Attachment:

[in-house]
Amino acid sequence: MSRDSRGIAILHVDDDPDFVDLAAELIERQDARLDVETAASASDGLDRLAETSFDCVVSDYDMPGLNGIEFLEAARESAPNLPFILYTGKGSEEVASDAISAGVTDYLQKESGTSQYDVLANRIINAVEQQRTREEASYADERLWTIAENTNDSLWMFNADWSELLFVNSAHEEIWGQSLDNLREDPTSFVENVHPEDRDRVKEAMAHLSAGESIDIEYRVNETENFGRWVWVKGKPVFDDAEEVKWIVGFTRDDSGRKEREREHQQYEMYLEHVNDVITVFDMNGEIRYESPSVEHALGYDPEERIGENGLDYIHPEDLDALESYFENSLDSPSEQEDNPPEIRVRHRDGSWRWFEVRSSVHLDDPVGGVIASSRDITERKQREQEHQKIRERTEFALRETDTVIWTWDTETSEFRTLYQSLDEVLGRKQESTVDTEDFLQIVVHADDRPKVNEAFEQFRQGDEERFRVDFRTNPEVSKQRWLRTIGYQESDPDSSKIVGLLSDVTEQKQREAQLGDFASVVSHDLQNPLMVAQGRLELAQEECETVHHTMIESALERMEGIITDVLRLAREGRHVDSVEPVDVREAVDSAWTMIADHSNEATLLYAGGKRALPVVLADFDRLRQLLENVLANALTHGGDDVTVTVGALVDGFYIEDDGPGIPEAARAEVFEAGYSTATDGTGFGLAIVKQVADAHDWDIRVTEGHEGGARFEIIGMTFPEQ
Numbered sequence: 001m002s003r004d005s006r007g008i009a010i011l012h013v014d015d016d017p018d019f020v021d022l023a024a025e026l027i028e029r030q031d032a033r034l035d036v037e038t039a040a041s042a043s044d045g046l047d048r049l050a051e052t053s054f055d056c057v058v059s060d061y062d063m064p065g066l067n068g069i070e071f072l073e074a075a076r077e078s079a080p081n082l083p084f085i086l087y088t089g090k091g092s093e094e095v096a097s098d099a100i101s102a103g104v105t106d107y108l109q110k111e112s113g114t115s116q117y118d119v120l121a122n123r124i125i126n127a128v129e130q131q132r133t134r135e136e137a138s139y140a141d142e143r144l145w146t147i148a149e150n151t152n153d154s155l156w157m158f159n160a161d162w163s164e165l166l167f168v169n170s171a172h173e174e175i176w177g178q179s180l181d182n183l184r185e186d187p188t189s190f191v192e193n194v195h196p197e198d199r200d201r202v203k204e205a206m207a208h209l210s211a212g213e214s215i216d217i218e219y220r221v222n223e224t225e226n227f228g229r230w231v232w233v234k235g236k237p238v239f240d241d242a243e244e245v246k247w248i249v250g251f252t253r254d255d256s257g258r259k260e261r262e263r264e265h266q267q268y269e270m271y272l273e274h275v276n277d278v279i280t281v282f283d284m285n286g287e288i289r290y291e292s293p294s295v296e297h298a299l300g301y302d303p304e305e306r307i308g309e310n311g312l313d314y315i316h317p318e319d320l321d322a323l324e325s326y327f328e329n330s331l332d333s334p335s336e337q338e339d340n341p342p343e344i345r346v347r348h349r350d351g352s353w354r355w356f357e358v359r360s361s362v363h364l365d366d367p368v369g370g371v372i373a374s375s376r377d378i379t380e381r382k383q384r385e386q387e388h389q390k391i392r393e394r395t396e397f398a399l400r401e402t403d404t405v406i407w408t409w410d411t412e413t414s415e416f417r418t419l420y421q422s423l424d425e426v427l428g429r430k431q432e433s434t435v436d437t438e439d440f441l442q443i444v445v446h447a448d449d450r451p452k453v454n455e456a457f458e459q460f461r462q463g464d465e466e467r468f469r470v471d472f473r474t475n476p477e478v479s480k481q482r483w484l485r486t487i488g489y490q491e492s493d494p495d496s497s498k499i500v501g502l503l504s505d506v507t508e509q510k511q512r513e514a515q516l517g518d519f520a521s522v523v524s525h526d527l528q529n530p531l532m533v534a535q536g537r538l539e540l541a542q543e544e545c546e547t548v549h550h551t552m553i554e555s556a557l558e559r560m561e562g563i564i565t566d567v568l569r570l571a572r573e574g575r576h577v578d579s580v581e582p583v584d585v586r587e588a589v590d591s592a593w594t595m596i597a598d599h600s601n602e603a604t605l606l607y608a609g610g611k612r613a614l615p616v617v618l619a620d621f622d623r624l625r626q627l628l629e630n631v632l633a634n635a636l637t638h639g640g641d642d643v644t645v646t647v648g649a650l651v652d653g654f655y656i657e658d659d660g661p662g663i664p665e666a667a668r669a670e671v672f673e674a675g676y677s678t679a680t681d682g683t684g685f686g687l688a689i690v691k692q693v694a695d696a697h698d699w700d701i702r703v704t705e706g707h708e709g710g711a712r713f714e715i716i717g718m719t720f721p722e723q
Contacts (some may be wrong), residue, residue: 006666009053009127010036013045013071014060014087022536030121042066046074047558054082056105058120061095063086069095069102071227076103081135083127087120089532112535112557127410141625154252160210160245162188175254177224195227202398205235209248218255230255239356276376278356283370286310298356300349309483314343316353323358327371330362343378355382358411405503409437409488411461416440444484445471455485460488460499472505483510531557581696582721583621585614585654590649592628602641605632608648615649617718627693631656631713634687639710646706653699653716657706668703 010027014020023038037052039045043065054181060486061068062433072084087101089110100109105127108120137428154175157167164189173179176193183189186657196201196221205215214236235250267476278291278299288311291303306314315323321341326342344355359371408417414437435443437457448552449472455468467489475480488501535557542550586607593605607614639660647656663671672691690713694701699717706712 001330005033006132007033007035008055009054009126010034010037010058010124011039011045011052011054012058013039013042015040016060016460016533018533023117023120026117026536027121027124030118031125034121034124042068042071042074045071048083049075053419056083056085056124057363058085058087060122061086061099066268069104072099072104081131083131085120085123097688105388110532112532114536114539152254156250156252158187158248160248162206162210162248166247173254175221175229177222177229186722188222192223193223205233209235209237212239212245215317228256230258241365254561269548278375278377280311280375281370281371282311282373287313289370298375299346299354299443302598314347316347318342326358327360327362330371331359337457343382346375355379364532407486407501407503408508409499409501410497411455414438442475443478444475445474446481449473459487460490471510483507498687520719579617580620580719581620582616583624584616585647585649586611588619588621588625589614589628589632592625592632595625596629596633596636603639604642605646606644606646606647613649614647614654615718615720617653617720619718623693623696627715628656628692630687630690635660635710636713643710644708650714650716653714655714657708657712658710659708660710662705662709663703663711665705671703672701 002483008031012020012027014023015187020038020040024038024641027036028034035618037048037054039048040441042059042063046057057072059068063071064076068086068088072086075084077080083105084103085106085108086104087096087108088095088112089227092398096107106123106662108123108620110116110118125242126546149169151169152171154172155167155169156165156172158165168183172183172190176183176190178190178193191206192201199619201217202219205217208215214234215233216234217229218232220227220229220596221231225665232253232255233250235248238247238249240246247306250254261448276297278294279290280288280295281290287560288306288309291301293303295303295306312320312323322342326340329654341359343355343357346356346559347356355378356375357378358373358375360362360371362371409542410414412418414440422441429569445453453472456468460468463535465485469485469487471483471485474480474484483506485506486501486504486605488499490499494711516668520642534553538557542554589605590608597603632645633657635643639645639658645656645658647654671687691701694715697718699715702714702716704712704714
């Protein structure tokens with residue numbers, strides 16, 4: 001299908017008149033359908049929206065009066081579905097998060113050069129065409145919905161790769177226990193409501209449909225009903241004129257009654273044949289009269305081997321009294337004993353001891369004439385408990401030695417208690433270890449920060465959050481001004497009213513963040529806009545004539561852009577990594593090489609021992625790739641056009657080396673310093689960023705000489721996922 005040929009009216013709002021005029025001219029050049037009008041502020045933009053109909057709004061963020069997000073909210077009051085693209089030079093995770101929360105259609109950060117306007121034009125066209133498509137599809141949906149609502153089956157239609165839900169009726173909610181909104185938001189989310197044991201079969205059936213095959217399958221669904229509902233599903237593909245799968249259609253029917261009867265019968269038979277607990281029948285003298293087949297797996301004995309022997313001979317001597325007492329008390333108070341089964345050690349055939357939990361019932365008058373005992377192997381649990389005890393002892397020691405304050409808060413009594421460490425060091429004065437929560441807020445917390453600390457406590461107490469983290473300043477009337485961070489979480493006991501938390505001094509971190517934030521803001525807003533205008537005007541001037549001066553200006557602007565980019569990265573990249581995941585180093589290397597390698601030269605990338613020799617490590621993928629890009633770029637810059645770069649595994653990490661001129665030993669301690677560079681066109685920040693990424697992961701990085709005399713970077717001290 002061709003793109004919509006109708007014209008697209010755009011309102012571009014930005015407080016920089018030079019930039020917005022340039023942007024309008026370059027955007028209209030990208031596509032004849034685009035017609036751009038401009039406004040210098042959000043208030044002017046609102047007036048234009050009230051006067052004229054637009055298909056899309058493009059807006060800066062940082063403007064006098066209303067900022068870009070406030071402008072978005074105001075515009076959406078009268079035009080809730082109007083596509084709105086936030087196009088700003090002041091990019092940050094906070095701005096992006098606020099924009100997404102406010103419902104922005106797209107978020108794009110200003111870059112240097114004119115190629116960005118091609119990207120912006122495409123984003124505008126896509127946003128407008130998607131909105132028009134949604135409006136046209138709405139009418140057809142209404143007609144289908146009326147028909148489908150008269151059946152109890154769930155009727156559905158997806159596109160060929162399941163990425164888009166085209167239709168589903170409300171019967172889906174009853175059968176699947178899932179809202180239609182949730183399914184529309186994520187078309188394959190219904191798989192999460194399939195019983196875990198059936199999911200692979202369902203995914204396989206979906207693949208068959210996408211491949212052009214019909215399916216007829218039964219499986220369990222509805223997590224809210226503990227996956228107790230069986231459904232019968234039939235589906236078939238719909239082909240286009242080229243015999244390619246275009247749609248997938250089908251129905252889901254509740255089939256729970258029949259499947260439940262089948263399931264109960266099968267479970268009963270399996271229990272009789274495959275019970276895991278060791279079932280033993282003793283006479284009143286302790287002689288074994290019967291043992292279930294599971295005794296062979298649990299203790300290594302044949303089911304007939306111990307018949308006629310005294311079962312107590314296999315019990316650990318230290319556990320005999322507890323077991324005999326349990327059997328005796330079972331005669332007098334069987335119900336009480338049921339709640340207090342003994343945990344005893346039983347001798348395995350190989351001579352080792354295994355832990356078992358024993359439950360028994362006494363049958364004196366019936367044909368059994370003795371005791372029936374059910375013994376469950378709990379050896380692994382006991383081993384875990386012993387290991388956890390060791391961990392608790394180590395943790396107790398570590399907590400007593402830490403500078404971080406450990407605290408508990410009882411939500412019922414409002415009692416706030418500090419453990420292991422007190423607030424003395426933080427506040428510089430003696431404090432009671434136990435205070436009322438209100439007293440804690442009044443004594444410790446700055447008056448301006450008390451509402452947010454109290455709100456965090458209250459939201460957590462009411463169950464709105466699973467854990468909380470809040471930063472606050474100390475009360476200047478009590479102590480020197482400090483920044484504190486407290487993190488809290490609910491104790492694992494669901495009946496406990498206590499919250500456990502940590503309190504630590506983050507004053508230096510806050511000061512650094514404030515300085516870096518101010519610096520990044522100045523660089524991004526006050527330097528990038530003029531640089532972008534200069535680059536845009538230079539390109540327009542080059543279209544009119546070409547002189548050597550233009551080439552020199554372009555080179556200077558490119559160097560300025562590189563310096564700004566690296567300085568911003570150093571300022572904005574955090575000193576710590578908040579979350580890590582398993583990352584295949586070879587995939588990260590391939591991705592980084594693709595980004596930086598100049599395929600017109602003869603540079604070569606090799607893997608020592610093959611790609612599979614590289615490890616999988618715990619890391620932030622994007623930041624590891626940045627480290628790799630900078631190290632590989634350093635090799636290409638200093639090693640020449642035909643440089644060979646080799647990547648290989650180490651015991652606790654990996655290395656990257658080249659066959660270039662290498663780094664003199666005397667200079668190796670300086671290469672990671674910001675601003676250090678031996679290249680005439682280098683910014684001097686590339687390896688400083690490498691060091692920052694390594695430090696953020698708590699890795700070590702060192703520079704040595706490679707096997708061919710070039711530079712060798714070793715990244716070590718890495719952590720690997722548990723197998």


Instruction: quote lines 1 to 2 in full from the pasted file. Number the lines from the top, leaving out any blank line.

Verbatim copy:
[in-house]
Amino acid sequence: MSRDSRGIAILHVDDDPDFVDLAAELIERQDARLDVETAASASDGLDRLAETSFDCVVSDYDMPGLNGIEFLEAARESAPNLPFILYTGKGSEEVASDAISAGVTDYLQKESGTSQYDVLANRIINAVEQQRTREEASYADERLWTIAENTNDSLWMFNADWSELLFVNSAHEEIWGQSLDNLREDPTSFVENVHPEDRDRVKEAMAHLSAGESIDIEYRVNETENFGRWVWVKGKPVFDDAEEVKWIVGFTRDDSGRKEREREHQQYEMYLEHVNDVITVFDMNGEIRYESPSVEHALGYDPEERIGENGLDYIHPEDLDALESYFENSLDSPSEQEDNPPEIRVRHRDGSWRWFEVRSSVHLDDPVGGVIASSRDITERKQREQEHQKIRERTEFALRETDTVIWTWDTETSEFRTLYQSLDEVLGRKQESTVDTEDFLQIVVHADDRPKVNEAFEQFRQGDEERFRVDFRTNPEVSKQRWLRTIGYQESDPDSSKIVGLLSDVTEQKQREAQLGDFASVVSHDLQNPLMVAQGRLELAQEECETVHHTMIESALERMEGIITDVLRLAREGRHVDSVEPVDVREAVDSAWTMIADHSNEATLLYAGGKRALPVVLADFDRLRQLLENVLANALTHGGDDVTVTVGALVDGFYIEDDGPGIPEAARAEVFEAGYSTATDGTGFGLAIVKQVADAHDWDIRVTEGHEGGARFEIIGMTFPEQ